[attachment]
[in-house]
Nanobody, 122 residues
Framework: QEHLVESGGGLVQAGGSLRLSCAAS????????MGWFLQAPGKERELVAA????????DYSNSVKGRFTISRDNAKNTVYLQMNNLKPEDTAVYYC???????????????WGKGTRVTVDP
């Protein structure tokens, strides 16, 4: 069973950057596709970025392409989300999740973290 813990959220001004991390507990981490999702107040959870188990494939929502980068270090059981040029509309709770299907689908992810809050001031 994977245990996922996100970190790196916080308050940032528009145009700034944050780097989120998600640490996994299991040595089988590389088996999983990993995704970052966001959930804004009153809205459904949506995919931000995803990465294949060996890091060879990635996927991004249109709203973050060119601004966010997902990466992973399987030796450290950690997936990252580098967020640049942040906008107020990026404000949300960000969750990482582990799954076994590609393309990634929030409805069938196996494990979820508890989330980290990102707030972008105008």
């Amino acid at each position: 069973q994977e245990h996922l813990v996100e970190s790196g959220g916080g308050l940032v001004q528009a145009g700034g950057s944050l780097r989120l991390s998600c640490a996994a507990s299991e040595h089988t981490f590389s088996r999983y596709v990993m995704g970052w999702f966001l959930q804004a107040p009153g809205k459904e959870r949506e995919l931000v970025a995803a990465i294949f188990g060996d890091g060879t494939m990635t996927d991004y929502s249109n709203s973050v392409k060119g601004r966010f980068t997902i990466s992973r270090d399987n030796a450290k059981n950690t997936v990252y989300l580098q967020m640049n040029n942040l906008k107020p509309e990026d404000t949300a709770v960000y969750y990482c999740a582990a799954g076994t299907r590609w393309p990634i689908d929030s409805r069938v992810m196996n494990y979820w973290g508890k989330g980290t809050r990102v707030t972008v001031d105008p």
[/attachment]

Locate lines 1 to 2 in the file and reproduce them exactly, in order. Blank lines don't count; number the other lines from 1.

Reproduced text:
[in-house]
Nanobody, 122 residues